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Fri Dec 5, 2014, 04:35 PM

OPEC Presents: QE4 and Deflation

Thinking plummeting oil prices are good for the economy is a mistake. They instead, as I said only yesterday in The Price Of Oil Exposes The True State Of The Economy, point out how bad the global economy is doing. QE has been able to inflate stock prices way beyond anything remotely looking fundamental, but energy prices have now deflated instead of stocks. Something had to give at some point. Turns out, central banks weren’t able to inflate oil prices on top of everything else. Stocks and bonds are much easier to artificially inflate than commodities are.

The Fed and ECB and BOJ and PBoC may of course yet try to invest in oil, they’re easily crazy enough to try, but it will be too late even if they did. In that sense, one might argue that OPEC – or rather Saudi Arabia – has gifted us QE4, but the blessings of the ‘low oil price stimulus’ will of necessity be both mixed and short-lived. Because while the lower prices may free some money for consumers, not nearly all of the freed up ‘spending space’ will end up actually being spent. So in the end that’s a net loss as far as spending goes.

The ‘OPEC Q4′ may also keep some companies from going belly up for a while longer due to falling energy costs, but the flipside is many other companies will go bust because of the lower prices, first among them energy industry firms. Moreover, as we’re already seeing, those firms’ market values are certain to plummet. And, see yesterday’s essay linked above, many of eth really large investors, banks, equity funds et al are heavily invested in oil and gas and all that comes with it. And they are about to take some major hits as well. OPEC may have gifted us QE4, but it gave us another present at the same time: deflation in overdrive.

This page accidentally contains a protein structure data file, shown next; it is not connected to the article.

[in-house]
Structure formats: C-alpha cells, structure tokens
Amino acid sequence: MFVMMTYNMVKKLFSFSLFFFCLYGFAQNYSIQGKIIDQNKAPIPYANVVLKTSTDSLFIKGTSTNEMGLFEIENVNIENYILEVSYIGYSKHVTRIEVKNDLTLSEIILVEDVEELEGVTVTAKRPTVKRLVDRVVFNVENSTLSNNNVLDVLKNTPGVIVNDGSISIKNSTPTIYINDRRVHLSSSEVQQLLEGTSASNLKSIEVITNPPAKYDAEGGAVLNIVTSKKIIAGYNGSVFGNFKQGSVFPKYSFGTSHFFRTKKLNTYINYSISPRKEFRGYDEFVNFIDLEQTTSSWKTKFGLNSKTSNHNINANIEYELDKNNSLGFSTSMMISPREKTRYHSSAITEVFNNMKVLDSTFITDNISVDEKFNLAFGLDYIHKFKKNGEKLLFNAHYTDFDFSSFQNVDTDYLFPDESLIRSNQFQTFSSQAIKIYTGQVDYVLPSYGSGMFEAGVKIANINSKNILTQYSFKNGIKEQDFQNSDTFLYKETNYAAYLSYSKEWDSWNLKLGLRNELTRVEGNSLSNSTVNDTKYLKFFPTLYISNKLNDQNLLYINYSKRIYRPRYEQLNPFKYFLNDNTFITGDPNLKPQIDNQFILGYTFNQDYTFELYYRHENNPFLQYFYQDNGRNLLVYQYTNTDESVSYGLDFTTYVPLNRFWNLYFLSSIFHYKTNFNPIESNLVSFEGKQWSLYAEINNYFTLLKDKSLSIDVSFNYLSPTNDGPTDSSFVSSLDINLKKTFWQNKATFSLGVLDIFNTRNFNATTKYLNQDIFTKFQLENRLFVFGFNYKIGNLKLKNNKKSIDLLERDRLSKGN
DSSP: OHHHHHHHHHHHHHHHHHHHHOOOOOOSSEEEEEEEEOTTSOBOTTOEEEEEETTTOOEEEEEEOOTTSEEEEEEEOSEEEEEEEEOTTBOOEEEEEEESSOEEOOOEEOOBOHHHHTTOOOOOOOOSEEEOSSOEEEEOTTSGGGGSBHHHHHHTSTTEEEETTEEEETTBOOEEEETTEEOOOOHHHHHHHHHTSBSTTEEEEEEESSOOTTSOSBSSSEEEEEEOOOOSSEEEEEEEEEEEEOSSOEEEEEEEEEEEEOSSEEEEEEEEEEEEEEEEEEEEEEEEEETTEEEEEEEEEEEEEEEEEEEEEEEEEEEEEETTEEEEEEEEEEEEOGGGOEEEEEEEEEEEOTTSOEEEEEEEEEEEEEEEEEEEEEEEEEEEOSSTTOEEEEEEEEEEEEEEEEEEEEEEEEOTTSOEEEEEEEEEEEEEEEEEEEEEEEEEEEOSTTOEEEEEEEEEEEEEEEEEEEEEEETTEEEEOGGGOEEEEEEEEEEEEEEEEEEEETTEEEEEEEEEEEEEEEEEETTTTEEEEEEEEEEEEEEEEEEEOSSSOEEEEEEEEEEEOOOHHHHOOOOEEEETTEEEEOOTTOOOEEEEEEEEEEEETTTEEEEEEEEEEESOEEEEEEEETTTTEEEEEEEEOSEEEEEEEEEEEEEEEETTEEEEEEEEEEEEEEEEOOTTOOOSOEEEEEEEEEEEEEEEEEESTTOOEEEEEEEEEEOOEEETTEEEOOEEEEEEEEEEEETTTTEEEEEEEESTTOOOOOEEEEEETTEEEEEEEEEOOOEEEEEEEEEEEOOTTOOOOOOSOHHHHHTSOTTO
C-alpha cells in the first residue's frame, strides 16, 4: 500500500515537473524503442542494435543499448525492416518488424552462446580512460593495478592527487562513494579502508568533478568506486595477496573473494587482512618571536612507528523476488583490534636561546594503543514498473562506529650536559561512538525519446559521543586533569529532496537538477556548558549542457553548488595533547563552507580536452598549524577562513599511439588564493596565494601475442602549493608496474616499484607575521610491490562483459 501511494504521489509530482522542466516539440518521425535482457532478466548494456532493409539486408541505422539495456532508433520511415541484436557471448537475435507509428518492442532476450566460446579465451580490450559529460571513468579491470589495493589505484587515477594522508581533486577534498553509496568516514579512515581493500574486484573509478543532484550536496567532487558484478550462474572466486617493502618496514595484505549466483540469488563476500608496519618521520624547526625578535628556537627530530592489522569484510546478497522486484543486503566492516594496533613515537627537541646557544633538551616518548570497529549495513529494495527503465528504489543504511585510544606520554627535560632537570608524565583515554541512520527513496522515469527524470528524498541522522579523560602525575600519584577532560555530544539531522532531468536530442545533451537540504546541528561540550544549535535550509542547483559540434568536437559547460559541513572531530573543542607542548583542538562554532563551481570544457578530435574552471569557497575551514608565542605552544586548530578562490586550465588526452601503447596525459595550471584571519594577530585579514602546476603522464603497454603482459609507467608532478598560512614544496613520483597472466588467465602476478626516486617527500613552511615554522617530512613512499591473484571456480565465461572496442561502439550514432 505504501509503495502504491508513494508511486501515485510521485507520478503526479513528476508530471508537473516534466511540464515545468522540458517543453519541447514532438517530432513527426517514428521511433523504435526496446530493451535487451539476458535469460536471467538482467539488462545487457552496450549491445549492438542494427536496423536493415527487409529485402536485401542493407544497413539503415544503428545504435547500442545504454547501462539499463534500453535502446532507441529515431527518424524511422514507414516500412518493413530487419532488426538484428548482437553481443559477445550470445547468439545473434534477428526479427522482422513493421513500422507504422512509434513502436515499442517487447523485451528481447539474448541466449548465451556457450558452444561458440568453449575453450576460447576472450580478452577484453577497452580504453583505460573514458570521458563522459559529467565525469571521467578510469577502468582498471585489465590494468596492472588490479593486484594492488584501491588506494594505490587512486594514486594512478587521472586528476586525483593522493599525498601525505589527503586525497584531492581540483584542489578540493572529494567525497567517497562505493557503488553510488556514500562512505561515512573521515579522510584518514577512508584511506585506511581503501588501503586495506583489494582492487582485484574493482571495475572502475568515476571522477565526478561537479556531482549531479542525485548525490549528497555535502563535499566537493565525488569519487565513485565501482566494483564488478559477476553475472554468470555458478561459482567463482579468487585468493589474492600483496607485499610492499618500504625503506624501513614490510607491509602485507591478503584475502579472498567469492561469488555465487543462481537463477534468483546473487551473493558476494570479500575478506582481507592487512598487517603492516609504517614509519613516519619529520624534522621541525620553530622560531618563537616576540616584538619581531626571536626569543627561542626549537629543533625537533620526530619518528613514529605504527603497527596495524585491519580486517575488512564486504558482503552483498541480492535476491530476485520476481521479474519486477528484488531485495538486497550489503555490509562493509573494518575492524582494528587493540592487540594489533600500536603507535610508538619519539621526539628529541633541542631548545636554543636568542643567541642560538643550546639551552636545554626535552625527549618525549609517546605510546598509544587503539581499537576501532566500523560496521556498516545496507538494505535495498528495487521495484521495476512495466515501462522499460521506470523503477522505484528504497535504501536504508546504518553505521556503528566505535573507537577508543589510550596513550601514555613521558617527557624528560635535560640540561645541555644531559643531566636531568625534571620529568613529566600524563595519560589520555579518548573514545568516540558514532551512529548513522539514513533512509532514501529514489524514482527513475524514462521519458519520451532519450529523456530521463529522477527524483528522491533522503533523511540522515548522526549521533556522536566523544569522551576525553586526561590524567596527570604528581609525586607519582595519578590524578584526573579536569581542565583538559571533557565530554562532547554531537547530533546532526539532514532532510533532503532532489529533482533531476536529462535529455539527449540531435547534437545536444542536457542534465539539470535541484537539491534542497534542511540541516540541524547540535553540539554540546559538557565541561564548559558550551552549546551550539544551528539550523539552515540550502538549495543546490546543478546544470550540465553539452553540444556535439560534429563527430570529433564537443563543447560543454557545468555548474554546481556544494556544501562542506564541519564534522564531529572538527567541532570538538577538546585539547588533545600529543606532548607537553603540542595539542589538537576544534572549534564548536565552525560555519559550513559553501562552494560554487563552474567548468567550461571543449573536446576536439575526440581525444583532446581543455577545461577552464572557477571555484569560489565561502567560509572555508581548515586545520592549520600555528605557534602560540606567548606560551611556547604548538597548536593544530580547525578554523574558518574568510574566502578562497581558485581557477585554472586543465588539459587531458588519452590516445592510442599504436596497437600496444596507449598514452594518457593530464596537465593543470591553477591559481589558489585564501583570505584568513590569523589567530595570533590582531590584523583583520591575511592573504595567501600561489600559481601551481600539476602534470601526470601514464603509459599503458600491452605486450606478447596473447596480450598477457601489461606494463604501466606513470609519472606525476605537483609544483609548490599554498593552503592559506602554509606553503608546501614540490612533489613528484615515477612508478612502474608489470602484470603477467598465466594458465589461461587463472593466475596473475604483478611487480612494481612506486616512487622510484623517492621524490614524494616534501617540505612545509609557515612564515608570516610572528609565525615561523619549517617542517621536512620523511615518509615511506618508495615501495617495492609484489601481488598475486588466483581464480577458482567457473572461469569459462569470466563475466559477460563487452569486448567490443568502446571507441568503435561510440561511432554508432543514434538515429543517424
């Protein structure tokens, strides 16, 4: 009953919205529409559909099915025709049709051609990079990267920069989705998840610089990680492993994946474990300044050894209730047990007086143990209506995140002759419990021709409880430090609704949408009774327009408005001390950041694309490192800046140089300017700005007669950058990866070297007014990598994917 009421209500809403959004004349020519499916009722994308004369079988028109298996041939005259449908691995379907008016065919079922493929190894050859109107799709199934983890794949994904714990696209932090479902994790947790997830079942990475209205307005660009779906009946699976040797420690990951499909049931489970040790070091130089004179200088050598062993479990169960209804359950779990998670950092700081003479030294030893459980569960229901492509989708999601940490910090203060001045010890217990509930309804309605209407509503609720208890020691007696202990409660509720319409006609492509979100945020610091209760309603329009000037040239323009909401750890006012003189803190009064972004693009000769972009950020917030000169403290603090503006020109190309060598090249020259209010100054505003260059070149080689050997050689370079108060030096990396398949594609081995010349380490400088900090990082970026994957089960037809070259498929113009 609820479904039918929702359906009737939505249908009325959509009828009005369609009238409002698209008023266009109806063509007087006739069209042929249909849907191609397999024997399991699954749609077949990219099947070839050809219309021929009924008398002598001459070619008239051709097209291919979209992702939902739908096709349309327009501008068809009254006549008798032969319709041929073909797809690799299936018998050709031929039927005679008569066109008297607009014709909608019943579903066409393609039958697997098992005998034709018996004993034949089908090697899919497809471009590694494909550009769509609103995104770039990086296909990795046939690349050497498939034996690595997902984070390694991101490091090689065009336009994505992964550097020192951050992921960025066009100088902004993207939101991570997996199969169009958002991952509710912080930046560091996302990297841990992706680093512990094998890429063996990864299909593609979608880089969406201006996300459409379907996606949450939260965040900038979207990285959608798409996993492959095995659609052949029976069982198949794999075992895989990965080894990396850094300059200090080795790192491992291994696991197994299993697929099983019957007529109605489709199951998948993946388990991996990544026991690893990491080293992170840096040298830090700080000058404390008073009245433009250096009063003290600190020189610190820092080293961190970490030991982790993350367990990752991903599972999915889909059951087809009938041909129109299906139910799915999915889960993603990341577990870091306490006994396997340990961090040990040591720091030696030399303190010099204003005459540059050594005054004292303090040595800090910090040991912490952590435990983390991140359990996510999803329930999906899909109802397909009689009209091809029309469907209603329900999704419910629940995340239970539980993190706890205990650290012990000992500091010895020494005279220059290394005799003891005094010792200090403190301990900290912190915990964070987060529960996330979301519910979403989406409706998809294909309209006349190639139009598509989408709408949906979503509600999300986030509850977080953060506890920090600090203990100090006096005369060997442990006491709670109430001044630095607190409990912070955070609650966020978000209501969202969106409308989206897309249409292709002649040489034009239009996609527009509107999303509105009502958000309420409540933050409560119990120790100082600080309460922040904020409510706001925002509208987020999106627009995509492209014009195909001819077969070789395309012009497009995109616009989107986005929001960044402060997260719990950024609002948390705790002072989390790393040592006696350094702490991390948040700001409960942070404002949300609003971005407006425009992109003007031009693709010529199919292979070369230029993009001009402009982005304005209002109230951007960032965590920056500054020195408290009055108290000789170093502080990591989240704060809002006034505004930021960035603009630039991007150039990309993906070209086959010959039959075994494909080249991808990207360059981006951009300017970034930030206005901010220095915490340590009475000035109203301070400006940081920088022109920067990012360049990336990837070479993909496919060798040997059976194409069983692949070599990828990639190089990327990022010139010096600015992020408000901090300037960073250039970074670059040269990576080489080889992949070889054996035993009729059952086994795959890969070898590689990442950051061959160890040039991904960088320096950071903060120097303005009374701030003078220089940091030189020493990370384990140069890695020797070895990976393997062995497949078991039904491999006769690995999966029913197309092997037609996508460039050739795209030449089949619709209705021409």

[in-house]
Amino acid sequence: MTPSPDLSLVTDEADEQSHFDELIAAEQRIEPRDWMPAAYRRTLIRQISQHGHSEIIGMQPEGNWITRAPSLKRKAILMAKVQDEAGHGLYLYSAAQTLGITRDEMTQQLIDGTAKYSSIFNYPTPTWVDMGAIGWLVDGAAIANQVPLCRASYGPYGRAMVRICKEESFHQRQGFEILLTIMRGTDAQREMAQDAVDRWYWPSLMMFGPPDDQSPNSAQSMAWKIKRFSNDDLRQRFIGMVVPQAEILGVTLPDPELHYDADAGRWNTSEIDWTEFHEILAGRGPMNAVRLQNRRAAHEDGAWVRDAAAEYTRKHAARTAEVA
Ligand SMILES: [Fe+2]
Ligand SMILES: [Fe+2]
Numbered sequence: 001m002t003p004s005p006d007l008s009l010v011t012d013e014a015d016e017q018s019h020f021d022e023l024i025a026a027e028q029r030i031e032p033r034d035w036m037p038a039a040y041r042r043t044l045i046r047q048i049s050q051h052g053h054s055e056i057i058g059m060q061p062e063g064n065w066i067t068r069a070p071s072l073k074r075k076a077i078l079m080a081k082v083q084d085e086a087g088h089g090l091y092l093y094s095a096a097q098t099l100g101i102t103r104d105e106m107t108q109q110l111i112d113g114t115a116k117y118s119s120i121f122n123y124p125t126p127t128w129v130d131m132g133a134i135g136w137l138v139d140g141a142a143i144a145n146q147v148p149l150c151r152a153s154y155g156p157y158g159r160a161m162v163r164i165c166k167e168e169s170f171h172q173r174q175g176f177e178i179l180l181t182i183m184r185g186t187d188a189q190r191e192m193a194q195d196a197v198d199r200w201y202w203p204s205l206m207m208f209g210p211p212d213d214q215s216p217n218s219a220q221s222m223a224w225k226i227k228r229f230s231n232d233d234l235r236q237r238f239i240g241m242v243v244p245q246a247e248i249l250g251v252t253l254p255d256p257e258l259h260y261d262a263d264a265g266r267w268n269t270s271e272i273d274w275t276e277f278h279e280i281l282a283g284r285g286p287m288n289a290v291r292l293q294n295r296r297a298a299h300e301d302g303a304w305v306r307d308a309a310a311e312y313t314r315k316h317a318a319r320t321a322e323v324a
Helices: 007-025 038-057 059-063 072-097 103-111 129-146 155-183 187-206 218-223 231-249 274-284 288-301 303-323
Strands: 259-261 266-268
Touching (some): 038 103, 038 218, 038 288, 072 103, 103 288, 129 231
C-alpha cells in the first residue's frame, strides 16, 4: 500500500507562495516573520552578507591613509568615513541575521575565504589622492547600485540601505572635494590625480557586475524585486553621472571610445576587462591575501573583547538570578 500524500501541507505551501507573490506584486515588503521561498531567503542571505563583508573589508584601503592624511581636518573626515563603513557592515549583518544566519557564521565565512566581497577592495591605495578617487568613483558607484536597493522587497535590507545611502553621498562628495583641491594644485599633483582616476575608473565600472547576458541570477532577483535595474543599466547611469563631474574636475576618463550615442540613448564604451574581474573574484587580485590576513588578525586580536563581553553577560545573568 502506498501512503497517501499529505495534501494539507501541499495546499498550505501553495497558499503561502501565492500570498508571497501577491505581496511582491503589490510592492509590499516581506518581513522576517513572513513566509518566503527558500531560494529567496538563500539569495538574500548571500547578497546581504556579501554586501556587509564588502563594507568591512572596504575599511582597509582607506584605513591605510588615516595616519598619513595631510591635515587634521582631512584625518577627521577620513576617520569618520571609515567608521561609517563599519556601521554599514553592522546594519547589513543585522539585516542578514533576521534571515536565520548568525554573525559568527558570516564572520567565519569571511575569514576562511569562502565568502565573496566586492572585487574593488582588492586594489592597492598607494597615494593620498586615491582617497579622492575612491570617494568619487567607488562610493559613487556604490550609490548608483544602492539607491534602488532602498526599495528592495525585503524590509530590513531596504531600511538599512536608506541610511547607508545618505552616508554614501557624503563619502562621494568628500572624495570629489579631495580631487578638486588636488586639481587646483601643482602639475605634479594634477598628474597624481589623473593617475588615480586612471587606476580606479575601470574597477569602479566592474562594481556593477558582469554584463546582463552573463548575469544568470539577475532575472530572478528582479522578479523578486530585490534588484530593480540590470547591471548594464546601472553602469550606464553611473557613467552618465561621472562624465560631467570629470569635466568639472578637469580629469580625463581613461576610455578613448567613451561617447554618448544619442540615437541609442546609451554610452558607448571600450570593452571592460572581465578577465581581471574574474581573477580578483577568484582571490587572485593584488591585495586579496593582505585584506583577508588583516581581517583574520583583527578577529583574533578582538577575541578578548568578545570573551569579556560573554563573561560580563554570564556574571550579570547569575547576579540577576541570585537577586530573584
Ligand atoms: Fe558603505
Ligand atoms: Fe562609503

You can’t force people to spend, not if you’re a government, not if you’re a central bank. And if you try regardless, chances are you wind up scaring people into even less spending. That’s the perfect picture of Japan right there. There’s no such thing as central bank omnipotence, and this is where that shows maybe more than anywhere else. And if you can’t force people to spend, you can’t create growth either, so that myth is thrown out with the same bathwater in one fell swoop.

http://www.theautomaticearth.com/opec-presents-q4-and-deflation/

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